The changing learning path: Real versus virtual experiences to nurture creativity among students
Diversity among schools and their approaches has widened the gap among the members of the teaching fraternity wherein a teacher working in a rural area might not have ever used technology and on the contrary we also come across teachers working in International/Global Schools who had to teach the concept of Bio Gas Plant in an air-conditioned digital classroom to students who are miles away from the touch or smell of cow dung.
Indian Schools are no exemption to the unique diversity ranging from Government Primary Schools in rural interiors to International Boarding Schools located in hill stations. Some of the key areas in which the schools of India differ include:
- Geographical Location
- Infrastructure and Facilities
- Governing Bodies
- Curriculum adapted
- Teaching – Learning Tools
- Teaching Staff
- Socio-economic background of the students
Irrespective of the differences which exist in each of these innumerable schools across the country, still what remains common is educating the child. How it is done? Different schools have different methods or approaches or designs within their limitations to accomplish this common goal. A school operating in a rural area might prefer to design simple activities as part of their curriculum which promotes learning by doing from the available natural resources whereas an International School might emphasize on the use of digital technology along with activities which give firsthand experience to the child. We may also come across a third category of schools wherein teaching-learning is still carried out in the conventional method of chalk and talk. Which of these methods do we feel have more scope to nurture creativity among students? It’s a very difficult question to answer because we hardly have teachers or educators who have had the direct experience with each of these methods. Diversity among schools and their approaches has widened the gap among the members of the teaching fraternity wherein a teacher working in a rural area might not have ever used technology and on the contrary we also come across teachers working in International/Global Schools who had to teach the concept of Bio Gas Plant in an air-conditioned digital classroom to students who are miles away from the touch or smell of cow dung.
The table provides a comparison of how concepts from different disciplines could be taught depending upon the location of the school such as rural or urban.
The table clearly points out the fact to each one of us that neither rural nor urban schools have complete scope for teaching-learning of a concept in the best possible way. In certain disciplines, rural schools have an edge over their counterparts and vice versa. Which of these two could nurture creativity among students to the optimum? Again it’s a difficult question to answer.
It’s high time for each one of us to accept the fact that children from tribal areas might be more creative than their counterparts in the metros. All efforts by the 21st century International or Global Schools to provide the best infrastructure and facilities can only provide virtual learning experiences. No learning is better than learning that happens in the real and natural settings which is still possible in schools operating in the rural areas. But the irony is even the rural schools have their own administrative challenges which do not allow the teachers to tap the enormous creative potential hidden in the young minds. The net result is under utilization of both natural as well as human resources and thus, failure to improve the educational standards.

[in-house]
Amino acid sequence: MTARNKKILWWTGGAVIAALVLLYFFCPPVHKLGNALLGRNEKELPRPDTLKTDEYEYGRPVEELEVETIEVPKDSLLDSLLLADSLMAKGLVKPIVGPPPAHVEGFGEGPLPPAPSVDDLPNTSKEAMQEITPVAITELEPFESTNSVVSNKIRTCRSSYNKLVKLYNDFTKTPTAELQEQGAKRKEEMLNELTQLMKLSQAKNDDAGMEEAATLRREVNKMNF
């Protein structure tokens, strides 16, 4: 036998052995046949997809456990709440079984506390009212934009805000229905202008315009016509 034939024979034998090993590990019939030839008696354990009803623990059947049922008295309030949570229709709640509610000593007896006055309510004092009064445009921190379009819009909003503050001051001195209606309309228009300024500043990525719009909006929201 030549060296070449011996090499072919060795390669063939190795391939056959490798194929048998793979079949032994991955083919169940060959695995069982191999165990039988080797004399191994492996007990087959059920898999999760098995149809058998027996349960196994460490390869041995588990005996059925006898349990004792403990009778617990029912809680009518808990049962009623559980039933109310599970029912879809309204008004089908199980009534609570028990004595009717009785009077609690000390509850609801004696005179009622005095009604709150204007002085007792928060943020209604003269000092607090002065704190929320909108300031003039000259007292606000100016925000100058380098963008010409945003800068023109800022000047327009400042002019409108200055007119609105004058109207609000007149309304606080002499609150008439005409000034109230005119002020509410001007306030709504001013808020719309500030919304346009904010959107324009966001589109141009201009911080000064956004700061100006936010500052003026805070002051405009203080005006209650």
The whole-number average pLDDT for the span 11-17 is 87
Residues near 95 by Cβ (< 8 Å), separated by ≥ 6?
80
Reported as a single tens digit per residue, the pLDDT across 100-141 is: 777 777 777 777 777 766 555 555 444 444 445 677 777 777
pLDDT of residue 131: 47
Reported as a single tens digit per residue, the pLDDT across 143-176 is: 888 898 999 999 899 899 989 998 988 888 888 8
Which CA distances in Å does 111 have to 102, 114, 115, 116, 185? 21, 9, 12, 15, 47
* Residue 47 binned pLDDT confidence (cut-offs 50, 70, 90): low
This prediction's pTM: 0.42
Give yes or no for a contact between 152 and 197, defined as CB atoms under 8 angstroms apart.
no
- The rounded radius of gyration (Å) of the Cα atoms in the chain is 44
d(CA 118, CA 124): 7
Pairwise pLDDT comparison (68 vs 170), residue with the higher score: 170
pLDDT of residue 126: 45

It is high time school leaders take a step forward in understanding the implications of the growing diversity and make efforts to bridge the gap through a meaningful collaboration with their counterparts thus enabling a paradigm shift in the teaching-learning process. If practiced in true spirit, we can envisage a generation of learners who carry within themselves a spirit of brotherhood, if not, we do not have any right to claim that we focus on the overall growth and development of the child because we are missing out on the most important component i.e. being sensitive towards fellow beings. Let us pledge to be honest and try to bring a qualitative difference in the thought process (psyche) of all the stake holders who are a part of this noble endeavour.
P V Satya Ramesh is working as a Post-Graduate Teacher in Psychology at the Shanti Asiatic School, Ahmedabad., where he teaches Mathematics up to Class X and Psychology to Classes XI and XII. He is M Sc in Psychology, M Phil in Counselling Psychology, B Ed, and a UGC NET qualified teacher. He has published value based articles oriented towards counseling all the stake holders in the arena of education in a number of educational journals. He has a strong belief in the ancient Indian Value System. He strives to inculcate courage in young minds and teaches them to always stand for what is right. He works in the direction of providing his students an environment which promotes critical thinking and ways to express their point of view without fear.